8 November 2006
1561.Paragraph 6 sets the minimum academic standards that a person must have attained before he can attempt to gain the professional qualification. Paragraph 7 requires that the qualification is restricted to persons who have either completed a relevant academic course or have seven years’ professional experience. Paragraph 8 requires that an examination must be passed (part of which has to be in writing) for the person to achieve the qualification. This examination must be in subjects of theoretical knowledge prescribed by the Secretary of State; or a university or equivalent level examination; or by practical demonstration of knowledge to examination or diploma level that is recognised by the Secretary of State. Paragraph 9 requires persons to carry out at least three years’ practical training.
1562.This section restates section 33 of the 1989 Act as regards the approval of overseas qualifications from non-EU countries. It sets out the conditions that will need to be satisfied, relating to the assurance of professional competence. The section provides for approval of all those in a specified country who are qualified to audit accounts, or only those who hold specified qualifications in that country. In the case of the latter, the Secretary of State may specify any additional requirements to be satisfied. The section allows the Secretary of State to recognise an overseas qualification only if there is comparability of treatment of UK qualifications in the country in question.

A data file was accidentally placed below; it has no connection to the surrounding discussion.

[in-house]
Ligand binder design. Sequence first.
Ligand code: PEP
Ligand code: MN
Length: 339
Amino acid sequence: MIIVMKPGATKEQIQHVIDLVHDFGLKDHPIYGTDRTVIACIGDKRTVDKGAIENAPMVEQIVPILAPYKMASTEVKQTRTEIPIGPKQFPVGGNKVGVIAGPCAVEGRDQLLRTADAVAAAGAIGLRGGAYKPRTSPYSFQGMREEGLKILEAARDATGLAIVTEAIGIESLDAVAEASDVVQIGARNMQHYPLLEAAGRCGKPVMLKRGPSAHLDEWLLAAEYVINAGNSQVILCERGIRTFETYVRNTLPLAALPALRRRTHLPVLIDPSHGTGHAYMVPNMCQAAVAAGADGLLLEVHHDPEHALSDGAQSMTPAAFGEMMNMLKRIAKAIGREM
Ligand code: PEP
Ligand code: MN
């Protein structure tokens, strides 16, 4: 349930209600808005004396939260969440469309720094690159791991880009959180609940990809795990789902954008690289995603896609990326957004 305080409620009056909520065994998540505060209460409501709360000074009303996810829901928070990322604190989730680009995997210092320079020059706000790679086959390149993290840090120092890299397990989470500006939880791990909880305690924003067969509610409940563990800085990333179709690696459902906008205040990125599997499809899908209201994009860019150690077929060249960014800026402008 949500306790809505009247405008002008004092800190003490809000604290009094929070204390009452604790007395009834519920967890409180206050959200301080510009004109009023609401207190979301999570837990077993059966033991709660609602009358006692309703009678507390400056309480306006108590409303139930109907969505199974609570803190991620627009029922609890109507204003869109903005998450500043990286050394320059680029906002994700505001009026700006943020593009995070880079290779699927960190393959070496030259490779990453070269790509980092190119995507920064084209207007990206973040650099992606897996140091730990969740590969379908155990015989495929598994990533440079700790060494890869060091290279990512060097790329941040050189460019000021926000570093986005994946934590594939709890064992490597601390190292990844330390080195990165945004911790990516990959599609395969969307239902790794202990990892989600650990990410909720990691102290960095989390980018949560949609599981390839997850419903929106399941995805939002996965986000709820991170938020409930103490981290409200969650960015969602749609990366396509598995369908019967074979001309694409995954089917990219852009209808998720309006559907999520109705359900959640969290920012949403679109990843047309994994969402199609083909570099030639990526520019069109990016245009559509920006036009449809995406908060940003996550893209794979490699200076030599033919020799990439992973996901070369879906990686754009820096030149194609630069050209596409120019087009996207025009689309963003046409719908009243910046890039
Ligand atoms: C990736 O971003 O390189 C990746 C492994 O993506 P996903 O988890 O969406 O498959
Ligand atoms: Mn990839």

1563.This section restates section 34 of the 1989 Act. Prior to 1967 auditors of an unquoted company were exempt from the statutory qualification requirements placed on other company auditors. The Companies Act 1967 abolished this exemption but allowed an auditor with sufficient practical experience to apply to the Secretary of State for authorisation to practise. Past authorisations will continue to be valid by virtue of the transitional provision in section 1219(1)(b). Section 1222 provides that auditors authorised under the 1967 Act may not be treated as statutory auditors for any purpose other than to perform the statutory audit of an unquoted company (as defined in section 385(2)).